# About the character degree of an extension

I try to find some relations for the irreducible character degrees of the extensions of the groups. For example:

Let $G$ be a finite group of order $1800$ such that $G$ has a normal subgroup of order $30$ and $G/N$ is isomorphic to the alternating group $A_5$. How we can prove that there is no irreducible character $\chi$ of $G$ such that $15\mid \chi (1)$?

• Clifford's Theorem and Ito's theorem are the main tools to use here. – Geoff Robinson Aug 16 '16 at 13:38
• I try but I could not prove this result since there exist two groups of order 30 such that their automorphisms have orders divisible by 5 or both 5 and 3. – BHZ Aug 16 '16 at 13:46
• A group of order $30$ has a unique Sylow $3$-subgroup and a unique Sylow $5$-subgroup, and all its irreducible characters have degree $1$ or $2$ by Ito's theorem. – Geoff Robinson Aug 16 '16 at 13:52
• Thanks for your omments. As you hint that $N$ has a cyclic normal subgroup $H$ of order 15 and so irreducible character degrees of $N$ is 1 or 2. Therefore $G$ has irreducible character degrees as $b$ or $2b$ where $b$ is a divisor of 60. But how we can get that $b$ can not be equal to 15? – BHZ Aug 16 '16 at 15:38
• There is some work to do. Note that $H \lhd G$, and that $H$ is centralized by each Sylow $3$-subgroup of $G$ and each Sylow $5$-subgroup of $G$. – Geoff Robinson Aug 16 '16 at 16:05

The argument below is mainly group theoretic. I think it should be possible to give a more direct character-theoretic proof.

Let $H = O^{2}(N)$ which is cyclic of order $15$, and let $X = O^{2}(G).$ Then it is enough to prove that $X$ has no irreducible character of degree divisible by $15$, since $X \lhd G$ with $[G:X]$ a power of $2$, using Clifford's Theorem. Note that $H \leq Z(X)$ since $H \lhd X$ and ${\rm Aut}(H)$ is a $2$-group.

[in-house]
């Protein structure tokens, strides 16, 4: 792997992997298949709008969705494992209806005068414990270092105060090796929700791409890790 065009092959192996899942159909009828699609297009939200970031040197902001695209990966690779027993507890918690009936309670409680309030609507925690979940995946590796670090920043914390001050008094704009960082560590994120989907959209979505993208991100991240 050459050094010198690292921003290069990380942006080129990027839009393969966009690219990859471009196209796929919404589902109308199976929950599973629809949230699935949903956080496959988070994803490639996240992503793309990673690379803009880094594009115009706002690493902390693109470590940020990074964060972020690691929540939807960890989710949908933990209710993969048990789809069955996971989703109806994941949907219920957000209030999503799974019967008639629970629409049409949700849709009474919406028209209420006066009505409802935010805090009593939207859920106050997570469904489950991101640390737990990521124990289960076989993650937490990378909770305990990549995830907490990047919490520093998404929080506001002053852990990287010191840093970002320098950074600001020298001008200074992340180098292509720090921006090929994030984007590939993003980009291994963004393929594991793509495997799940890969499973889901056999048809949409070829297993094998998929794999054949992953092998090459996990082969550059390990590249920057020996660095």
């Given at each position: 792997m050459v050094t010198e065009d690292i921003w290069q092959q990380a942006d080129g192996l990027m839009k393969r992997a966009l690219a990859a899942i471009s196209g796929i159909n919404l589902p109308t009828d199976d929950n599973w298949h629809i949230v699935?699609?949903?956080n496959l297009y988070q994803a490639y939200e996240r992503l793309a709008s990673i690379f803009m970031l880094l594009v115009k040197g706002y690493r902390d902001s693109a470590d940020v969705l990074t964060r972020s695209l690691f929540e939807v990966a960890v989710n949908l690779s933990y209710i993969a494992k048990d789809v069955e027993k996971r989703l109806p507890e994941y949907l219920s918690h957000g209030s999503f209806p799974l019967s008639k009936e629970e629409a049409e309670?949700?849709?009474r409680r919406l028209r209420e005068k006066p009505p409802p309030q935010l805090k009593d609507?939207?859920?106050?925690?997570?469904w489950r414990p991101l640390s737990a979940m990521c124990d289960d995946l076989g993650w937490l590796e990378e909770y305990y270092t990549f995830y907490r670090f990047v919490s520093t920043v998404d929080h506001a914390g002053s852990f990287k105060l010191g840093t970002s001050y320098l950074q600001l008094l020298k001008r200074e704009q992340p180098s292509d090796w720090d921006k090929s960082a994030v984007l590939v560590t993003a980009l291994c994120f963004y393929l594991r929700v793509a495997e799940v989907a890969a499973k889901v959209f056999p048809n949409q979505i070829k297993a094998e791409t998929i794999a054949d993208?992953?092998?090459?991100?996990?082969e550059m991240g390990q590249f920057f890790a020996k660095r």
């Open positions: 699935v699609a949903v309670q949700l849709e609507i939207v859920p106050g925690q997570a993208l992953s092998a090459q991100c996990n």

Let $P$ be a Sylow $5$-subgroup of $X$. Then $P$ is Abelian and $P \cap X^{\prime} \cap Z(X) \leq P^{\prime} = 1$ by elementary transfer. A similar argument works for the prime $3$. Hence $H \cap X^{\prime} =1$.

Now $XN/N \lhd G/N$ so either $X \leq N$ or $XN = G$. But if $X \leq N$ then $G$ is solvable, which is not the case. Hence $XN = G$ and $[G:X] = 2$.

Let $M$ be the terminal member of the derived series for $G$. Then $M \leq X$, so $M \leq X^{\prime}$. Hence $M \cap H = 1$ and $|M| \leq 60.$ Thus $M \cong A_{5}$ and $X \cong A_{5} \times H$, so all irreducible characters of $X$ have degree $1,3,4$ or $5$.

Here is a more character-theoretic proof:

As mentionend in the comments, $N$ has a normal cyclic subgroup $H$ of order $15$, which is characteristic in $N$ and thus normal in $G$. By Clifford's theorem, we have $\DeclareMathOperator{\Irr}{Irr}$ $$\chi_H = e \sum_{g\in [G:T]} \lambda^g \quad\text{for some } \lambda\in \Irr(H),$$ where $T=G_{\lambda}$ is the inertia group of $\lambda$. Since the Sylow $3$-subgroups and $5$-subgroups centralize $H$, the index $|G:T|$ divides $8$. Thus $15$ divides $e$, as $\chi(1) = e |G:T|$. By Frobenius reciprocity, $e = [\chi_H,\lambda] = [\chi, \lambda^G]$ and thus $$8 \cdot 15 = |G:H| = \lambda^G(1) \geq e\chi(1) \geq 15^2,$$ contradiction. (The last argument just reproves the well-known fact that $e^2\leq |T:H|$.)

Notice that I did not use the assumption $G/N = A_5$.

• Yhank you very much for nice answer. – BHZ Aug 17 '16 at 14:38